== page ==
Thursday, March 30, 2006

If The Price Is Right

Most people will go along with changing the penal system that is obviously not working
.The Cost Of Errant Justice: "n his last days in office as Virginia's governor, Mark Warner took unprecedented action to deal with the problem. He ordered thousands of decades-old cases involving DNA evidence to be reopened following the discovery of files containing meticulously preserved samples of blood, semen and saliva, ready for retesting using technology that had not been available when the evidence was originally collected. DNA analysis of evidence in a small sample of these cases induced Warner to pardon two inmates wrongfully convicted of rape. This work to expose and correct errors of justice -- and to validate the accuracy of other old cases -- may prove to be Warner's greatest legacy, not only to Virginia but to the nation's criminal justice system.

Some errors of justice are inevitable, but we could manage them much more effectively than we do. Sophisticated systems are in place to manage mistakes in other fields: scientific research and production processes, for example, or to balance the risk of loss against the yield in financial portfolios. And yet no such systems exist with regard to the vitally important business of determining guilt or innocence in criminal cases.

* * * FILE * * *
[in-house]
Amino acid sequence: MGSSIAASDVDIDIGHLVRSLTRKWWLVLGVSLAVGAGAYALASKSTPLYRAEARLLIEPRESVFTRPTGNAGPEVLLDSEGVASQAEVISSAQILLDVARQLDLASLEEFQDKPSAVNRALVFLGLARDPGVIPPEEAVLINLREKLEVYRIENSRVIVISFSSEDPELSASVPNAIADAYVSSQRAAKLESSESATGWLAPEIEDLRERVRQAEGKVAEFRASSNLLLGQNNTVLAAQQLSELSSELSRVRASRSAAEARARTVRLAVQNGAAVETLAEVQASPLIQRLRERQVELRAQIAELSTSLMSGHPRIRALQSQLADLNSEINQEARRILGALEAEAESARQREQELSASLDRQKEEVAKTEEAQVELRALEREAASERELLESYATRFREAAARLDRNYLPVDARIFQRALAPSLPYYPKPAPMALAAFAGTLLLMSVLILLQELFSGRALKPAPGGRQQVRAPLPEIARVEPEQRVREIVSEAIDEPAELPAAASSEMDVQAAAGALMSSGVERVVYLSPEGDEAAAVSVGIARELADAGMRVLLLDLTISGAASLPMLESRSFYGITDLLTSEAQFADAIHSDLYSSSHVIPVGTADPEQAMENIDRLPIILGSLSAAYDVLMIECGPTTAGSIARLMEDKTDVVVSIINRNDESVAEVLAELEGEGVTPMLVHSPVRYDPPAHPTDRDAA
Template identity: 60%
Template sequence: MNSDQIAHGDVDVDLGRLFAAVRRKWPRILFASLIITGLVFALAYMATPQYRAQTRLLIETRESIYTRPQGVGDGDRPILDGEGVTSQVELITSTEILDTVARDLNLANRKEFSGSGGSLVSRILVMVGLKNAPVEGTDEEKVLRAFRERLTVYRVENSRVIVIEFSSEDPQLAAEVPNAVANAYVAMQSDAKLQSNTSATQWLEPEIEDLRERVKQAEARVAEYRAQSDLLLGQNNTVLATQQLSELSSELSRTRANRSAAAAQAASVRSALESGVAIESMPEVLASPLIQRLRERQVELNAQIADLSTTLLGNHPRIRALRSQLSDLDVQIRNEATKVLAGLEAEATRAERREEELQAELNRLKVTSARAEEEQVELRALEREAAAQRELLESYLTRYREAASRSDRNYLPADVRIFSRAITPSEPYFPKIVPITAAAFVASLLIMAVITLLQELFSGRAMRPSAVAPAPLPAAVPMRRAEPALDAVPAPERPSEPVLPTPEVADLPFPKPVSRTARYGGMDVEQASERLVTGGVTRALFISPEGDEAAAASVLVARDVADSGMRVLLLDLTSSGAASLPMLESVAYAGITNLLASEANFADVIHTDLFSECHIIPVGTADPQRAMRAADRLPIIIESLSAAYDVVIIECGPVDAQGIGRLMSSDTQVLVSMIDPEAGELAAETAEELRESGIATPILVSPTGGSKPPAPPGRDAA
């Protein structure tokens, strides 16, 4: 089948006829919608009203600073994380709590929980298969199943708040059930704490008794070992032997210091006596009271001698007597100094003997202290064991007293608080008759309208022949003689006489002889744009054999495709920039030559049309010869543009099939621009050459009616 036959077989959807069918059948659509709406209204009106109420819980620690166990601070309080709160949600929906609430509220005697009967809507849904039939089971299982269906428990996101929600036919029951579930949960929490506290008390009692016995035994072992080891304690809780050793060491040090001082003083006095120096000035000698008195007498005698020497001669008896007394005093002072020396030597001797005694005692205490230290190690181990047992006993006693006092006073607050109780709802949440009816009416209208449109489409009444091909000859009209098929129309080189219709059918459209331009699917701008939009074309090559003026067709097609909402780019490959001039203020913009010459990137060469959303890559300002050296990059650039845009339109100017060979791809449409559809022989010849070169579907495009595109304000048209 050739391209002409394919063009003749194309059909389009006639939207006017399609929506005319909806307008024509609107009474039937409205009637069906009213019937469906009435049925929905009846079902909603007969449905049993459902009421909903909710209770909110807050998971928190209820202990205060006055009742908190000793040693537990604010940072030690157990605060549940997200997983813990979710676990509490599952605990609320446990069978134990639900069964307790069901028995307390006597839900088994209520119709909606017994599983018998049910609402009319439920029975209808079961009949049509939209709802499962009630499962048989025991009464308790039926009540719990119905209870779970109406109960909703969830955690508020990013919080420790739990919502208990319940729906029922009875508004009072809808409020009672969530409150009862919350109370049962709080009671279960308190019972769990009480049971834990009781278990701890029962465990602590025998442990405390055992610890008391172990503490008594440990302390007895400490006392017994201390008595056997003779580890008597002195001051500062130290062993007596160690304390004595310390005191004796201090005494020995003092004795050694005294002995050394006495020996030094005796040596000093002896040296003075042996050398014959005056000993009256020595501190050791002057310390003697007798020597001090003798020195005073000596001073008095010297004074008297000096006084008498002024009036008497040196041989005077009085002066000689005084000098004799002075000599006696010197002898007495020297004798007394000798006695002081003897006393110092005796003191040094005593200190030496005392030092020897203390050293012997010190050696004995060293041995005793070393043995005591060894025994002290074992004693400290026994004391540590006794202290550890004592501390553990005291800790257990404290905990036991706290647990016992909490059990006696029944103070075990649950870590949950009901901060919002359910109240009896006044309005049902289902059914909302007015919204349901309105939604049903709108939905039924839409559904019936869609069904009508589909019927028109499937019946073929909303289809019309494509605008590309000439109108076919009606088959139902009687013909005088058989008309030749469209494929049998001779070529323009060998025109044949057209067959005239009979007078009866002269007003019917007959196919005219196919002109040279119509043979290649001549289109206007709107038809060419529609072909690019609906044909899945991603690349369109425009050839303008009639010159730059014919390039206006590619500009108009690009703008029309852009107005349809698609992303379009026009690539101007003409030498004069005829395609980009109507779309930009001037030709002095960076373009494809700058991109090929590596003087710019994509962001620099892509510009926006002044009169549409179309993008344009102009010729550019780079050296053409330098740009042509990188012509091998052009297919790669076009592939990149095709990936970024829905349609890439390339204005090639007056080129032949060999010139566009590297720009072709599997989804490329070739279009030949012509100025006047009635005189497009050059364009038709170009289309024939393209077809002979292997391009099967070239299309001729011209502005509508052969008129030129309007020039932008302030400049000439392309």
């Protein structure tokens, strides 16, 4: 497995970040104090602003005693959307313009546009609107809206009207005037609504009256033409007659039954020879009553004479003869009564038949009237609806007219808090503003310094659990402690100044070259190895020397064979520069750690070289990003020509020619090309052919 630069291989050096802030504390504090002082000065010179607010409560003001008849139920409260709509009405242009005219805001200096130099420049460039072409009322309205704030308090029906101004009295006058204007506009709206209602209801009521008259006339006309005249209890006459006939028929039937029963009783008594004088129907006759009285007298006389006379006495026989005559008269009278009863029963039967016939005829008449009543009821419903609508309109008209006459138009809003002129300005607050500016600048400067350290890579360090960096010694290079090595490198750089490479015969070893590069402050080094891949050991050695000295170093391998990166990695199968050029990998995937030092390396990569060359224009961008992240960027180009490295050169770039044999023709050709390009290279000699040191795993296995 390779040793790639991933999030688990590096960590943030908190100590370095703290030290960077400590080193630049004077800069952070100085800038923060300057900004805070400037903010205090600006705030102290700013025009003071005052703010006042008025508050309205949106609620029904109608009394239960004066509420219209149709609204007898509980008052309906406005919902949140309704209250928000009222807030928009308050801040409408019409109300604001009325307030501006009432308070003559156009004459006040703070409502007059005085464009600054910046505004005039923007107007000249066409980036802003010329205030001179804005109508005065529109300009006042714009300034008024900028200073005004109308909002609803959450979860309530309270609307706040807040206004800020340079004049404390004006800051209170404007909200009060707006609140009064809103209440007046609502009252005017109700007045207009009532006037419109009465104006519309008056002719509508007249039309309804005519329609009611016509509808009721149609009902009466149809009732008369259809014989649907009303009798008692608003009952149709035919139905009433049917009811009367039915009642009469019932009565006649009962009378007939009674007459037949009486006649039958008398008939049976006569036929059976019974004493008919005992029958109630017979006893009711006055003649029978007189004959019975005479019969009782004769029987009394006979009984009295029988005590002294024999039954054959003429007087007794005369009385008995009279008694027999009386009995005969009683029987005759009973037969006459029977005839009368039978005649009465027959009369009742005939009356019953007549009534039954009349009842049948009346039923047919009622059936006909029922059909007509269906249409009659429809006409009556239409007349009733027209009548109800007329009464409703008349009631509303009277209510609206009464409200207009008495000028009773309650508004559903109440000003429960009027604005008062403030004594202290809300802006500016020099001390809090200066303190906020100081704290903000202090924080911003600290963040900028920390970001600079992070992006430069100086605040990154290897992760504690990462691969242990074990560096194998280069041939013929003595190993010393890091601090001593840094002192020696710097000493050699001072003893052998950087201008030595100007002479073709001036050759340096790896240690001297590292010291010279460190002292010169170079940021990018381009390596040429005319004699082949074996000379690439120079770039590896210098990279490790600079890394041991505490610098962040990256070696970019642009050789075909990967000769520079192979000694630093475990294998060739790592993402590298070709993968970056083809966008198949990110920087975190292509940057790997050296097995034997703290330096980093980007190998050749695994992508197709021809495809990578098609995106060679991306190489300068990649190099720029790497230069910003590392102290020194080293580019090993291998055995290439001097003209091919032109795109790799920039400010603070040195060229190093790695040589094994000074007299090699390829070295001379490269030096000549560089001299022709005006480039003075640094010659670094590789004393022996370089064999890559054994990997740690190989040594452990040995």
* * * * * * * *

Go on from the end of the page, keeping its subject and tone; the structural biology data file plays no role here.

This can be fixed. The use of modern management methods and more widespread availability of effective forensic technology could go a long way to solve more of these crimes and reduce both types of error. DNA evidence gives us a unique window into errors for those crimes for which the evidence is available and relevant. We can use this window to estimate rates of errors for those crimes. We can do more to assess the social costs of both wrongful convictions and nonconvictions for each major crime category: The costs to the community of failures to convict serial rapists and one-time shoplifters are clearly in different leagues. We can learn more about the relationships between police and prosecution policies and errors of justice. And in old, settled cases with valid DNA evidence, as in Virginia, we may be able to find further errors of justice and correct them. Better late than never."
Not enough to run for President, but then lately who has?

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